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MN Farmers Say Better Broadband Infrastructure Needed

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Thursday, October 28, 2021   

GLENWOOD, Minn. -- A new report showed farmers in the U.S. need better broadband and in more places, including their home offices, in their fields and their communities.

Needs range from faster upload and download speeds, better data about available networks, and scalable networks that can be updated as needs grow and change.

The report from the Benton Institute for Broadband and Society showed how broadband also is key to sustainable farming.

Jordan Arnold, research association at the Benton Institute for Broadband and Society and the report's author, said connected technologies allow farmers to measure their inputs and outputs, creating opportunities for more efficient resource management.

"One study finds that precision agriculture improves fertilizer placement efficiency by 7%. And it could improve fertilizer efficiency by another 14% with wider adoption," Arnold reported. "And so, we see broadband as key to sustainability."

She added all farms are small businesses, and in addition to farming technology, require the ability to make quick real-time decisions about their products. In 2019, a United Soybean Board study found 60% of ranchers and farmers did not feel they had the connectivity to properly run their business.

Suzanne Vold, a dairy farmer at Dorrich Dairy in Glenwood, said broadband is critical for many of her farm's software-based operations, from the composting system that recycles its manure, to the robots that milk the cows.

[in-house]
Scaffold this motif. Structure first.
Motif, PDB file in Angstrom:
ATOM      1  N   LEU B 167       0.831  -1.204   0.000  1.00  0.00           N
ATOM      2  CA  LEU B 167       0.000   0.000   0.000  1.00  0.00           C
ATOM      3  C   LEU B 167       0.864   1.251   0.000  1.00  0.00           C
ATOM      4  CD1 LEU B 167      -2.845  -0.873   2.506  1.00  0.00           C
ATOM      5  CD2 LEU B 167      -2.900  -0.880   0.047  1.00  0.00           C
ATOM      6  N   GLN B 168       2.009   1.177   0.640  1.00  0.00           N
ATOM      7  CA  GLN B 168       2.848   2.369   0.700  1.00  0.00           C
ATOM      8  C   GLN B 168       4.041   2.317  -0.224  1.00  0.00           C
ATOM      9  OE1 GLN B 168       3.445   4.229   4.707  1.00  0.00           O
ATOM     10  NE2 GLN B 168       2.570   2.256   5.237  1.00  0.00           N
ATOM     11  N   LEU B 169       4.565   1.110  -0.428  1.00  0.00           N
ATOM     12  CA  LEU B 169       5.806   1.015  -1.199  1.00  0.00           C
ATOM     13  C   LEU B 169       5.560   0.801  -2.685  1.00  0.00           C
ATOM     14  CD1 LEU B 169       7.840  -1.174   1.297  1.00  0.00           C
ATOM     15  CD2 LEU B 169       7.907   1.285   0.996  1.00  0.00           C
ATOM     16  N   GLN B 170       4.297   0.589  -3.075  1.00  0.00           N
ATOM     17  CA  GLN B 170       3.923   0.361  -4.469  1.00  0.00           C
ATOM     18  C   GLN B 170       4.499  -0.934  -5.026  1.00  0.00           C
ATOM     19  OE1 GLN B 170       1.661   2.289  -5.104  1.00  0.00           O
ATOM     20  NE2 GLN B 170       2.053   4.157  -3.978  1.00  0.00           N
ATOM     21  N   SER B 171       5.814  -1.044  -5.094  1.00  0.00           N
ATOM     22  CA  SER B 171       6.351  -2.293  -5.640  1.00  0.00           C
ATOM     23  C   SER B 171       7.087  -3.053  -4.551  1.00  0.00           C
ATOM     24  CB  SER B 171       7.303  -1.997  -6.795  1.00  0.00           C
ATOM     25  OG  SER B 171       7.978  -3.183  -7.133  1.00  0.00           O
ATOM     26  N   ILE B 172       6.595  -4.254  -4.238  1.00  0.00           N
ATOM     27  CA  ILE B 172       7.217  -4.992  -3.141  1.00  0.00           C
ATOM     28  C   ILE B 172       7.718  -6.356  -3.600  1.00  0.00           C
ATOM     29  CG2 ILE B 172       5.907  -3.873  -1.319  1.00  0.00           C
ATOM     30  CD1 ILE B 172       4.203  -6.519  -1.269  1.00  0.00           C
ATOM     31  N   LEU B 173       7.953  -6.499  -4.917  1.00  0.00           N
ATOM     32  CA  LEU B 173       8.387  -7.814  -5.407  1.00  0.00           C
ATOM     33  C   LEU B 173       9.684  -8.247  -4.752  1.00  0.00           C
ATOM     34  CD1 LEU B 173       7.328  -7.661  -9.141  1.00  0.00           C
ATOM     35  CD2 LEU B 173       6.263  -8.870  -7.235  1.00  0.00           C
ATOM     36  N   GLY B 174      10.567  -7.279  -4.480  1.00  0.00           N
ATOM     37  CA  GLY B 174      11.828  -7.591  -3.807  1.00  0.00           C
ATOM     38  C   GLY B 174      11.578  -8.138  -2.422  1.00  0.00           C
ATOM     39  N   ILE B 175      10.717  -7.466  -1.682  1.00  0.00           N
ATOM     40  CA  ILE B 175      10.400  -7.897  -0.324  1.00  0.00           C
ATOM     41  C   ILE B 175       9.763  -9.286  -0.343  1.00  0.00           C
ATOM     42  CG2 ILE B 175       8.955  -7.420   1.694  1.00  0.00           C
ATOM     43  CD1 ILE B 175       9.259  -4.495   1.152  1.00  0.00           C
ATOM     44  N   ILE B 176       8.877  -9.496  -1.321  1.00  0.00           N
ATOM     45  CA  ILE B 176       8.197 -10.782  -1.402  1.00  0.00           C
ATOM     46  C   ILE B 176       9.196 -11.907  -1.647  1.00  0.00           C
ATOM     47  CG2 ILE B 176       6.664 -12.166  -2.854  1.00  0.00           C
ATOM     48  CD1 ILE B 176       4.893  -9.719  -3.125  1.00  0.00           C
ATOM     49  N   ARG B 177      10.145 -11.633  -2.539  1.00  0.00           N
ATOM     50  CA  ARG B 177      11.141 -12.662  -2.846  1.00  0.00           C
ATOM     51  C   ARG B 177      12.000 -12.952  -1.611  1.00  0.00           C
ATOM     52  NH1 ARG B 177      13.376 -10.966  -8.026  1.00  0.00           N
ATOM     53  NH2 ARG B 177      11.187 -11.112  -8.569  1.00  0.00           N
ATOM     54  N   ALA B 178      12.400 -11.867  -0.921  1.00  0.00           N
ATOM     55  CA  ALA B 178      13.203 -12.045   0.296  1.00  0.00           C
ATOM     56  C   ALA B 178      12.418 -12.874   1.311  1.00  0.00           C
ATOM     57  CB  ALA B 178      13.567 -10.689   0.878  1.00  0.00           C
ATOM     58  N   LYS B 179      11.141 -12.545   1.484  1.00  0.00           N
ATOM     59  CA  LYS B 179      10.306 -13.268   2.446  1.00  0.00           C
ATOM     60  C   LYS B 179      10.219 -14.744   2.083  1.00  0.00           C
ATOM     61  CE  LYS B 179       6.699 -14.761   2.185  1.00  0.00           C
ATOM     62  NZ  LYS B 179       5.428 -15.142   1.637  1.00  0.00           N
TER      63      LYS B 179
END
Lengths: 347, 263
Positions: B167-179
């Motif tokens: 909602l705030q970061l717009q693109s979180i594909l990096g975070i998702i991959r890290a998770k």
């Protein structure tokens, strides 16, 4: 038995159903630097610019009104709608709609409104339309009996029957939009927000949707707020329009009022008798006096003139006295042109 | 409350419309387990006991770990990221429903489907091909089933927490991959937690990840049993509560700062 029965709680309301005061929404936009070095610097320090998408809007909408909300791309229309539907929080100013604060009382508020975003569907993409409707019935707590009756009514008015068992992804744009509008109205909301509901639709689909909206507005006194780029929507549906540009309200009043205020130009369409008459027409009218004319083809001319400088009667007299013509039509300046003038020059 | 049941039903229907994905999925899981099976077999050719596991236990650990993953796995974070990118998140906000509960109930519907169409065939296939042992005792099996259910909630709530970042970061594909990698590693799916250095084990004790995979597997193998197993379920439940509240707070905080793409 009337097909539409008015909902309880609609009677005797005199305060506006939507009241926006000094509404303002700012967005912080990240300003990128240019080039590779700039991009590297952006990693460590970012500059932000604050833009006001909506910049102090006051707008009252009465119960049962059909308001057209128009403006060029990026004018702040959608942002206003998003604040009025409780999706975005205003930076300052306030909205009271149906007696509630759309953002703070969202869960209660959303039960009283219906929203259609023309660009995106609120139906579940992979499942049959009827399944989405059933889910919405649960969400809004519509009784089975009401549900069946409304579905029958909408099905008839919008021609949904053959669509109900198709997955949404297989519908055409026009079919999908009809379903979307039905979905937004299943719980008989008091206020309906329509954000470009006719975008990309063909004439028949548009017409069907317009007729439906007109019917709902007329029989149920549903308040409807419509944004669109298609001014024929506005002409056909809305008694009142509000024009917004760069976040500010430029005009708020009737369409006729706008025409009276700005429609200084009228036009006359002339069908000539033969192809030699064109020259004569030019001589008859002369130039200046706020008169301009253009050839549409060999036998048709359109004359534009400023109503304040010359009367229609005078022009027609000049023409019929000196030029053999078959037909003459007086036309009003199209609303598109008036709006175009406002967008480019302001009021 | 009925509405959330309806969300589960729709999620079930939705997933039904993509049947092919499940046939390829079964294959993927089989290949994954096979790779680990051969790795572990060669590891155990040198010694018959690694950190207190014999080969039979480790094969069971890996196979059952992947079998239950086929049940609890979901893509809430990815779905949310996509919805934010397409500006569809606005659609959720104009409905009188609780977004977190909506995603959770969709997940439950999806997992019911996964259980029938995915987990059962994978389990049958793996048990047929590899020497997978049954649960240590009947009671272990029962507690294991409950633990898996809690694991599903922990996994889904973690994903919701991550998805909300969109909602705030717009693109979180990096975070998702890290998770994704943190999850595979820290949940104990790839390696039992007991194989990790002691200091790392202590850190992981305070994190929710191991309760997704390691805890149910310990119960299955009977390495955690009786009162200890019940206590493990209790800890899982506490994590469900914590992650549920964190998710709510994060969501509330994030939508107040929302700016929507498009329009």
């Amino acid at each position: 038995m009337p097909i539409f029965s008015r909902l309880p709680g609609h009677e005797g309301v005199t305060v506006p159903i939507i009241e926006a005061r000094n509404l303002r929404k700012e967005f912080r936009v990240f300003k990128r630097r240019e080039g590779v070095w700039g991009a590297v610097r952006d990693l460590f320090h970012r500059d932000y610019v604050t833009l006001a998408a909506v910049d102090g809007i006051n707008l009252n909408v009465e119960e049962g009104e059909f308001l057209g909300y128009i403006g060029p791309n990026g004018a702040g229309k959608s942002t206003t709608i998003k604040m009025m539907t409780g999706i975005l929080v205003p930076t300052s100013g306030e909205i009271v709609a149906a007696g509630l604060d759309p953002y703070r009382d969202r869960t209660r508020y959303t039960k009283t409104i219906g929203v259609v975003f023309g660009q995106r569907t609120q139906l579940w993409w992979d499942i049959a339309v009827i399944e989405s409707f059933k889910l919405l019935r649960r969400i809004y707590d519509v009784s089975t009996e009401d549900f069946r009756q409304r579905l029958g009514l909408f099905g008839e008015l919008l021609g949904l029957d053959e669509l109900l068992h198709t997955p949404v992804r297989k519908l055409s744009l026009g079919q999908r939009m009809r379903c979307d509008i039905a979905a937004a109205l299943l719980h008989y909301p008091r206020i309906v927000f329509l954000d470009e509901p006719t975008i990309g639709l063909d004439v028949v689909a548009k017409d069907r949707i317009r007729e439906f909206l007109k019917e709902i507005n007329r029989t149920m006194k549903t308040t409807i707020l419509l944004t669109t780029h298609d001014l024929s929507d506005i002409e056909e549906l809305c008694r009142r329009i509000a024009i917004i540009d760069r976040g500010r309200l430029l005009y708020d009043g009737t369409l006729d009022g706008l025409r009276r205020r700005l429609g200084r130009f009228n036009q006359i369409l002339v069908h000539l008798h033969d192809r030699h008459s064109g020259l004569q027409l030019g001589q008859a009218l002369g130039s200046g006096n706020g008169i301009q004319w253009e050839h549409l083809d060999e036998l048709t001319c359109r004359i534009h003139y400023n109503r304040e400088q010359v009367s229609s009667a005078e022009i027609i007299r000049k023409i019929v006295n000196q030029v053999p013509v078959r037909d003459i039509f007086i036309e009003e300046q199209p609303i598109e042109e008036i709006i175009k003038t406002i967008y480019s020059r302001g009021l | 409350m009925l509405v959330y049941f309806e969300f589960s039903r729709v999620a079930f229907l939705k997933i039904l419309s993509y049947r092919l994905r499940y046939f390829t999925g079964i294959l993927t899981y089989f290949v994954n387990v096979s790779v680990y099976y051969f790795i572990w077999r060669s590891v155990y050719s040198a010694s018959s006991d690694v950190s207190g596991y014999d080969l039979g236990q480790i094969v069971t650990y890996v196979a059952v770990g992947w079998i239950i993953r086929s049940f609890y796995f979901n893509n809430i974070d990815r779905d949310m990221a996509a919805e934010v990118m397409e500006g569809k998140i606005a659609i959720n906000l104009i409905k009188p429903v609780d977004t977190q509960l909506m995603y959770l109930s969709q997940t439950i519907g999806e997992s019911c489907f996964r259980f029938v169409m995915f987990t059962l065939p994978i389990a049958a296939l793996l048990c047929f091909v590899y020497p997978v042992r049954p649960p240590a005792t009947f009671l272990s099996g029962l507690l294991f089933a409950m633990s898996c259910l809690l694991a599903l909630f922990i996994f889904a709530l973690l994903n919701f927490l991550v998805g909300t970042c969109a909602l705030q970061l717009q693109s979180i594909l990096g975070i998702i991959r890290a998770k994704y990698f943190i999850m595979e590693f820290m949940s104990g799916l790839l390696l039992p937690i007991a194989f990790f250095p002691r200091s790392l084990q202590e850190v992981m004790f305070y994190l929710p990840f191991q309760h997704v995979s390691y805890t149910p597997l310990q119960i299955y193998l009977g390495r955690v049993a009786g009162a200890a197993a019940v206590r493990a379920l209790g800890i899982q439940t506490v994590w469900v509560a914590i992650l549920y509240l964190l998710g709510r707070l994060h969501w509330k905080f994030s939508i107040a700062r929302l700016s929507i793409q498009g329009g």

Vold noted if there is a problem with one of the robots, she is alerted with a call over an Internet phone line. She added they have battery backups, but need more reliable connectivity.

"Our cows get milked 24/7 around the clock by those robots," Vold explained. "And when things back up, then we not only have equipment problems, but could have animal health problems, and our cows' health is the most important thing to us."

The report includes recommendations from adopting high-performance standards and comprehensive state broadband plans, to ensuring broadband maps have mobile coverage on farmland.

Vold echoed the last recommendation, emphasizing it is important for people to know who has full access, and partial or no access. She sees the internet infrastructure as just as important as road infrastructure.

"Build to last, because rural areas, just like any areas in our country, none of our municipalities have money to spare in times like this," Vold urged. "If we put in band-aids to make quick fixes, then in a few years, we may find ourselves having to do that again."


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